Now imagine that same scenario, except this time your company is organized as an LLC and one of your partners runs up debt on behalf of the company, and the LLC ends up with more debt than it can service. What are your liabilities in that scenario? Well, you would still be partially liable, but only to the extent of your total contribution to the company. The structure of the LLC protects your personal assets, as long as you have never co-mingled them with the company’s assets.
Can My Partnership be Converted to an LLC?
If you currently have your business structured as a partnership and want to enjoy the benefits that an LLC can provide, there’s good news. It is relatively easy to convert your partnership to an LLC. Your attorney can help you to execute the process that being enjoying the benefits of the LLC, including the added asset protection that this organizing structure can provide. Of course, the conversion from partnership to LLC will enable you to maintain the same tax status as well.
While many general partnerships do provide a simple and easily-managed way for two or more individuals to jointly own and operate a business, it is easy to see why the LLC is a preferable option. Partnerships are simple, but that simplicity does leave you vulnerable to lawsuits and creditor actions. That can put stress on any efforts to build a financial or estate plan that can achieve your goals, since your personal assets will always be at heightened risk of being tied to any efforts to attack your business interests.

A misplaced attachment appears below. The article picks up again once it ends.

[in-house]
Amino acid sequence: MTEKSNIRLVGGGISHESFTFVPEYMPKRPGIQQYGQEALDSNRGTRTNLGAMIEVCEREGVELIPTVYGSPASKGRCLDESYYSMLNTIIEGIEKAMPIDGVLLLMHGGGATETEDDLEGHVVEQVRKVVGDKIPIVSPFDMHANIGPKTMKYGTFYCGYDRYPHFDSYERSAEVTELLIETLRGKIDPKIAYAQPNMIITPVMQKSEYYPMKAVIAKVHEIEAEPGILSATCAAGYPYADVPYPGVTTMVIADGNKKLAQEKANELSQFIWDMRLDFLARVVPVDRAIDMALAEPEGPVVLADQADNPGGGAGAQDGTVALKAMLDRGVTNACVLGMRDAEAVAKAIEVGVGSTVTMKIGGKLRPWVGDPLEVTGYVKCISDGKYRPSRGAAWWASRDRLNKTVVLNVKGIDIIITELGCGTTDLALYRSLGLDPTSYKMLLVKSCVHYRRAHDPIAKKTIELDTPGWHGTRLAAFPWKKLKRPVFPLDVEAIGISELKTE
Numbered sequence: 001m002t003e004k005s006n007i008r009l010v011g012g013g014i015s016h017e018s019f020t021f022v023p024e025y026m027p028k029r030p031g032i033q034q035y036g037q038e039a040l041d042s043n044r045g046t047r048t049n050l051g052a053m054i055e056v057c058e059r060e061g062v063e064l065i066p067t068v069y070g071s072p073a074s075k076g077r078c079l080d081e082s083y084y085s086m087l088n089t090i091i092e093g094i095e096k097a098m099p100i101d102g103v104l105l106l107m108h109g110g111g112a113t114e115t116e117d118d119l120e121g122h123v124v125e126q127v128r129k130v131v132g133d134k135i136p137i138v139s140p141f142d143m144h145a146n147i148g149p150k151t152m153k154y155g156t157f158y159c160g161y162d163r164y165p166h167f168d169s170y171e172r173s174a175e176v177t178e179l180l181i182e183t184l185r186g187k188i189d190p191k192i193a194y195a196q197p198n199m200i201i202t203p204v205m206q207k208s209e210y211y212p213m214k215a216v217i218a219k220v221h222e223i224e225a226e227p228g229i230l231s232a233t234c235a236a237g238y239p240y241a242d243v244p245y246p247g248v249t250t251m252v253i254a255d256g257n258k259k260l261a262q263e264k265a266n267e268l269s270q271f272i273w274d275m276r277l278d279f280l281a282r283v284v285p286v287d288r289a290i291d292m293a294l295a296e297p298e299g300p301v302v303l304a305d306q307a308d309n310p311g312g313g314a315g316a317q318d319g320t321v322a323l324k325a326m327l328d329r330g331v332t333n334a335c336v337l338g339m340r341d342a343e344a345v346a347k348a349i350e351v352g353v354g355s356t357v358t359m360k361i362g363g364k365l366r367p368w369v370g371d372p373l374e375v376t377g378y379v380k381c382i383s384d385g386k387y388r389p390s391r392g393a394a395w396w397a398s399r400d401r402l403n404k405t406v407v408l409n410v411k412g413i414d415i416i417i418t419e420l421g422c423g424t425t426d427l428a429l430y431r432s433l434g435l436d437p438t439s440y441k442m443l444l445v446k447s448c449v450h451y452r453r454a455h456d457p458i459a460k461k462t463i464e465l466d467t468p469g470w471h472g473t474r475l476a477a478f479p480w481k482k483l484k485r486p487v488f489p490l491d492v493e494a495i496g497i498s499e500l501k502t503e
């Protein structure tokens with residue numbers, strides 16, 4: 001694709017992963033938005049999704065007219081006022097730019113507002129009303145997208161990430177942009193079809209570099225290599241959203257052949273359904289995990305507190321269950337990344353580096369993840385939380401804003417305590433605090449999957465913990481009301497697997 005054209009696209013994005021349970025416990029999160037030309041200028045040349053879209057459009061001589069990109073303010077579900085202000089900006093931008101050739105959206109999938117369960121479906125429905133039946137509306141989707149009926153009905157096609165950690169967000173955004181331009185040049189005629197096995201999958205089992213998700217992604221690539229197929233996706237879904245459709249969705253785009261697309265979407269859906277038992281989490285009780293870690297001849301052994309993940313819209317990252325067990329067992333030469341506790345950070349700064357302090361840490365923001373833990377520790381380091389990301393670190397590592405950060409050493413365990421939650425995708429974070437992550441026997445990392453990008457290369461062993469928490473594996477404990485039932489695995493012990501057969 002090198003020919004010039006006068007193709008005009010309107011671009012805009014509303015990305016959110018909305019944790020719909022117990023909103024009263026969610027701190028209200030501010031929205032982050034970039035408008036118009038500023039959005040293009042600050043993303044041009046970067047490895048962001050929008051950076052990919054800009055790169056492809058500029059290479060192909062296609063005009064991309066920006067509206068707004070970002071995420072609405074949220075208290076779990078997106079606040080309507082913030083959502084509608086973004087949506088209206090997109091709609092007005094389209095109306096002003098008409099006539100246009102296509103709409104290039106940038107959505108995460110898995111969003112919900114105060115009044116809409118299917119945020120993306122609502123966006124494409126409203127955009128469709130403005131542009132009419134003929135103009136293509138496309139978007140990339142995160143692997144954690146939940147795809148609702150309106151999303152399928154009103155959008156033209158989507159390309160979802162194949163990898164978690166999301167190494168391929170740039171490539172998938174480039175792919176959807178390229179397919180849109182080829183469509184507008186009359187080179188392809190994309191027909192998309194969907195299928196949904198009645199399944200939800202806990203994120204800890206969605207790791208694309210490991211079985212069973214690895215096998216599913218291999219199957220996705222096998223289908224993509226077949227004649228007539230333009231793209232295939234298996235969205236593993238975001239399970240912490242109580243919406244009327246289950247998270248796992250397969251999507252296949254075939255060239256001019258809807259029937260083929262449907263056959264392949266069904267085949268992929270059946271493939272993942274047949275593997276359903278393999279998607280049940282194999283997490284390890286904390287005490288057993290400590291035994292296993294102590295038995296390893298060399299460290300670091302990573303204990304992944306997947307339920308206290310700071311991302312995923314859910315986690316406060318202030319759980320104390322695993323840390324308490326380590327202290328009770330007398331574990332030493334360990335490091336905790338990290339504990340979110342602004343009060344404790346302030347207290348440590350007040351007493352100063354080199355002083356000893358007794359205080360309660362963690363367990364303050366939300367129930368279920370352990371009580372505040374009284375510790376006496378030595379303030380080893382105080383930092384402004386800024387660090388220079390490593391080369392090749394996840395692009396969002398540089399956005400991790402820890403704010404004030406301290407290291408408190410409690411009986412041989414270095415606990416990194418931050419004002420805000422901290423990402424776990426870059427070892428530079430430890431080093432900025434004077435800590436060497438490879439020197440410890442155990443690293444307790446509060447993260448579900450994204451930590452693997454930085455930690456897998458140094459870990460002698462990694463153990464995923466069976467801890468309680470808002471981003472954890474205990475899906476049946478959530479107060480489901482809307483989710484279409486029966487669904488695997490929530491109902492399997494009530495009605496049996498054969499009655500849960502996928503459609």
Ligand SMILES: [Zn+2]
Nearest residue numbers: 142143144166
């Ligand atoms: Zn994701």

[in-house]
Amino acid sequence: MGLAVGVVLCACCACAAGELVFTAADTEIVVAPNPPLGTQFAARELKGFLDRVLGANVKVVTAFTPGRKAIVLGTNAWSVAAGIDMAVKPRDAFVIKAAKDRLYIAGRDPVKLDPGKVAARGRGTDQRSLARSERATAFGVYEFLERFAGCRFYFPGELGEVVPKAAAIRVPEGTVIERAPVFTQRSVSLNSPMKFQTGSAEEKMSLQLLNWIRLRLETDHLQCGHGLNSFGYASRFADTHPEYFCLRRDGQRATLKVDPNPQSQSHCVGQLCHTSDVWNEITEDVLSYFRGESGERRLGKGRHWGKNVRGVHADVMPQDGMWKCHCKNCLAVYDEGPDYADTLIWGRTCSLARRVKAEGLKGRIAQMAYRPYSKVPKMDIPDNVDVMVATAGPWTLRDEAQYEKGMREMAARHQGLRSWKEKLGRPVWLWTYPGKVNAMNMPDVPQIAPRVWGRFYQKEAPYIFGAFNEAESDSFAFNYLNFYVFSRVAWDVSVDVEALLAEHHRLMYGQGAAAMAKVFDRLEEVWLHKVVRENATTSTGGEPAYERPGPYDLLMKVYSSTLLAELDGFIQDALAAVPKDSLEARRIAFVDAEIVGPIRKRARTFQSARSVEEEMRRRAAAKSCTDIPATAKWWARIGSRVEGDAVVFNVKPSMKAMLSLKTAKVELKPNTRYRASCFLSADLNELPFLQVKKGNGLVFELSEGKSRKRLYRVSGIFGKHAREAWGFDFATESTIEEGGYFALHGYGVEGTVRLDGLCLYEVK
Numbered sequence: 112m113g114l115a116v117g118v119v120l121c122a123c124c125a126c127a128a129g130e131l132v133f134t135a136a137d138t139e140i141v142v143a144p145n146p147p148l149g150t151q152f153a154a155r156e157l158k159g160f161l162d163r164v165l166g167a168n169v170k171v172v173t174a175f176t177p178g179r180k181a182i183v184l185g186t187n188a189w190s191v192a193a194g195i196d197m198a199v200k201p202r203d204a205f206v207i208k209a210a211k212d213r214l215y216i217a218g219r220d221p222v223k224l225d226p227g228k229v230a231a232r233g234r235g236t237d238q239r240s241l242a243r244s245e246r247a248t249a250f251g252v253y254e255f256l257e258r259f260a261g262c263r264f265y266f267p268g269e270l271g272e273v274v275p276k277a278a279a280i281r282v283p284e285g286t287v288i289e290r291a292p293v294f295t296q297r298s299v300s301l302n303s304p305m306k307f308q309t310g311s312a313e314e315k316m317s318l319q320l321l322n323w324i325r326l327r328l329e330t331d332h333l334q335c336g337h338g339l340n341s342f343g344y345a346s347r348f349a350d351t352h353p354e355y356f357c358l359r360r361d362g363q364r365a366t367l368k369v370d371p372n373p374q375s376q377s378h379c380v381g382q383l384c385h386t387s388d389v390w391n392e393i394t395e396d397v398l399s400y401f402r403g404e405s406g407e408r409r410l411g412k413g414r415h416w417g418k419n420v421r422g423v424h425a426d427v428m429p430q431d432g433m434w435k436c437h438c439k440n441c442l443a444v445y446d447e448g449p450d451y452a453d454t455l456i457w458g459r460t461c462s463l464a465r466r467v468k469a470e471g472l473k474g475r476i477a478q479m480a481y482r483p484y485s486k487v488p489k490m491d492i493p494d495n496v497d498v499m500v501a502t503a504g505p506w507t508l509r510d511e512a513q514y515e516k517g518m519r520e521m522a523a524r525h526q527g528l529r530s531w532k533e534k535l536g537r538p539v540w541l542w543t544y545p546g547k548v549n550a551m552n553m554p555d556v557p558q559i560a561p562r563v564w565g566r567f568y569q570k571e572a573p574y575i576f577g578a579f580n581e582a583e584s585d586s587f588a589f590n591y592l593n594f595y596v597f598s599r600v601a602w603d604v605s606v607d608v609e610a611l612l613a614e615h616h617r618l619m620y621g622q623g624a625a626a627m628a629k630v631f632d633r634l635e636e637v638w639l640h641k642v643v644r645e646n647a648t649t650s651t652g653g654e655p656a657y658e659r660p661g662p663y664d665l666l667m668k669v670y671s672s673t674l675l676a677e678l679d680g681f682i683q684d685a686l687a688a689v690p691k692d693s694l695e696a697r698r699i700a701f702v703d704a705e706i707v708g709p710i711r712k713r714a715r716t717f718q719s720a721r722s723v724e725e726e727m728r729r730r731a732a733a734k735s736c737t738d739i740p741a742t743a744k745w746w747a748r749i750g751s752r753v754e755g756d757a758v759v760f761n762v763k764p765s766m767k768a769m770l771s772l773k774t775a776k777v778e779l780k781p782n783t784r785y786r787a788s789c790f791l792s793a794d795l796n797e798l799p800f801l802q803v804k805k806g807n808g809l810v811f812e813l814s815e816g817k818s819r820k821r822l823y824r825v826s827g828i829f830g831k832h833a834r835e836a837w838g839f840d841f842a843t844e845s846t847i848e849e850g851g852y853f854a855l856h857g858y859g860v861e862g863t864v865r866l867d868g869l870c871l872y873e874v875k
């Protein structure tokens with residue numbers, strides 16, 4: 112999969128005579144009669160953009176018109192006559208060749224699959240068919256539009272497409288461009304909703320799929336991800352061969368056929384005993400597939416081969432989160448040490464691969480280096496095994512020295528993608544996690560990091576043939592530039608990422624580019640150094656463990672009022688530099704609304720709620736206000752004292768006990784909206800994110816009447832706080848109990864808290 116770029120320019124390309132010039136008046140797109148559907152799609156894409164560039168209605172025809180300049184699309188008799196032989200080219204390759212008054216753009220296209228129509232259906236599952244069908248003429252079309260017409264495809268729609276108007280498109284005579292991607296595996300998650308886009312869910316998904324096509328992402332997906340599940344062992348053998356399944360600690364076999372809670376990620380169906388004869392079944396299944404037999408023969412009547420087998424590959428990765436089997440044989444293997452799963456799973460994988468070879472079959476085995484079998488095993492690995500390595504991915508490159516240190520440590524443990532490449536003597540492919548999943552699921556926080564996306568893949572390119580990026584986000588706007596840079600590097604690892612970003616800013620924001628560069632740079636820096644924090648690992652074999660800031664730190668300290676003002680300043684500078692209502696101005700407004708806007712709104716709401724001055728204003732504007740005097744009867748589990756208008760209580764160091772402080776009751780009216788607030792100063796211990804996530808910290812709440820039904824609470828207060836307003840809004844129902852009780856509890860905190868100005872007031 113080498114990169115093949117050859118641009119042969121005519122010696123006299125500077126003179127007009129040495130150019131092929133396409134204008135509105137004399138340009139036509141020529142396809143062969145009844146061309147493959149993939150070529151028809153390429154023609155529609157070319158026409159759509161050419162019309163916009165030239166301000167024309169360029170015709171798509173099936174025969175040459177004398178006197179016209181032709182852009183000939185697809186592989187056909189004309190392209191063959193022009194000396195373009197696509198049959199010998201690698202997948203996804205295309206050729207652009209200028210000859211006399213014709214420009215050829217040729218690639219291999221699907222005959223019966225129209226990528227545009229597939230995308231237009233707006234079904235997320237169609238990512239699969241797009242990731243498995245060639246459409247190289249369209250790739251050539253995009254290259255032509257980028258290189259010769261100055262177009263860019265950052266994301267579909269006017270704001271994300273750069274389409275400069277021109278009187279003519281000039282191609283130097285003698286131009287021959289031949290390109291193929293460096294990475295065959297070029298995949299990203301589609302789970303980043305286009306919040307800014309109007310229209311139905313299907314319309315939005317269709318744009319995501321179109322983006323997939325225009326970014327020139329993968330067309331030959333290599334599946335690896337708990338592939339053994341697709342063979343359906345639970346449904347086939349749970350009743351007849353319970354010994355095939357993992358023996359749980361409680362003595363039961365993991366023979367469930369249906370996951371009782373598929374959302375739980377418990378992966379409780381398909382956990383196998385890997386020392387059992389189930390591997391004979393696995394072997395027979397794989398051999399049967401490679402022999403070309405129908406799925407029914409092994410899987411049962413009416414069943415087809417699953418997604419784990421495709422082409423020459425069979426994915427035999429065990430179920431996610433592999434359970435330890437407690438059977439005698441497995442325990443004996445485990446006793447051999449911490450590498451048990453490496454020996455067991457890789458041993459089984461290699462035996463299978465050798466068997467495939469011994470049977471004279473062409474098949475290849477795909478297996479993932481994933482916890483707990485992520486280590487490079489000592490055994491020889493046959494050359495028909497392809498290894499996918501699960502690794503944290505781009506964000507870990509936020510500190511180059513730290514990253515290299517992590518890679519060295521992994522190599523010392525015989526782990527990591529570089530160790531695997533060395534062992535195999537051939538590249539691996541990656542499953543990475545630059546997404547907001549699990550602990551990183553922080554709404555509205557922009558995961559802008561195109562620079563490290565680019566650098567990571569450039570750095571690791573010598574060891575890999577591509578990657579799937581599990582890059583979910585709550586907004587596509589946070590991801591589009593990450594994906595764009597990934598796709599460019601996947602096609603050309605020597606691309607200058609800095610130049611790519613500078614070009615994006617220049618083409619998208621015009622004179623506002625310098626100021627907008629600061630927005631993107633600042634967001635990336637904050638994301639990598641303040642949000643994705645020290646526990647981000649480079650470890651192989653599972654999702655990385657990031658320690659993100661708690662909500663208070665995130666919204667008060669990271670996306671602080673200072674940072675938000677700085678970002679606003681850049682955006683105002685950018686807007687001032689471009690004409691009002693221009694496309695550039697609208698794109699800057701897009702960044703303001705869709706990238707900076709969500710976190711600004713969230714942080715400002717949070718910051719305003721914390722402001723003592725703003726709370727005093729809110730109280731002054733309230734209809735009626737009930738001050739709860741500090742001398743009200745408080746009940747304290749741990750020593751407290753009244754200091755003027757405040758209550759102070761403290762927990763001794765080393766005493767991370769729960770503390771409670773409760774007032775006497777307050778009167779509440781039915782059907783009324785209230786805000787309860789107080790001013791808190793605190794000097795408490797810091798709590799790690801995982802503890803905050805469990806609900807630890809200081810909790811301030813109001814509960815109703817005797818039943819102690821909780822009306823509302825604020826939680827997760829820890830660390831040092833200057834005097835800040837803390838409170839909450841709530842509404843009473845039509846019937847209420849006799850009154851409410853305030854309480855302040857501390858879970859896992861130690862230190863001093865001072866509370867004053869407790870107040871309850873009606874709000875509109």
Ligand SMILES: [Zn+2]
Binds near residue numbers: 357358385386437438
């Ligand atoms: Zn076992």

Converting to an LLC can be a great way to maintain much of the partnership atmosphere that you enjoy with your general partnership, while providing added asset protection and limitation of liability. Many multi-owner LLCs can feel like partnerships to those who run them, and terms in your articles of organization can reinforce that working relationship. Contributions, distributions, and other financial concerns can remain as they were.
Impact on Your Estate Plan
Your new LLC can make it easier to rely on your estate plan, since you will no longer have to be concerned about your partnership putting your personal assets at risk. Your plan can only truly be effective when you can have confidence in your financial projections. When your personal interests are always at risk due to business liability, it can make it difficult to rely on your estimates for financial growth, retirement savings, and legacy planning. The security you enjoy with an LLC can help to provide the certainty you need to more effectively align the different components of your estate plan.
While your partnership cannot literally be an LLC, you can convert it to a limited liability company and retain all the best features of your current business structure. At Frank & Kraft, Attorneys at Law, our estate and business planning attorneys can help you to ensure that you get the assistance you need to realize the best benefits that an LLC can offer. We know that the question isn’t “Can a partnership be an LLC” but rather, how can I retain the best features of your partnership while enjoying the added protection that limited liability company can offer? We’ll help you answer that question. To find out more, contact us online or call (317) 684-1100.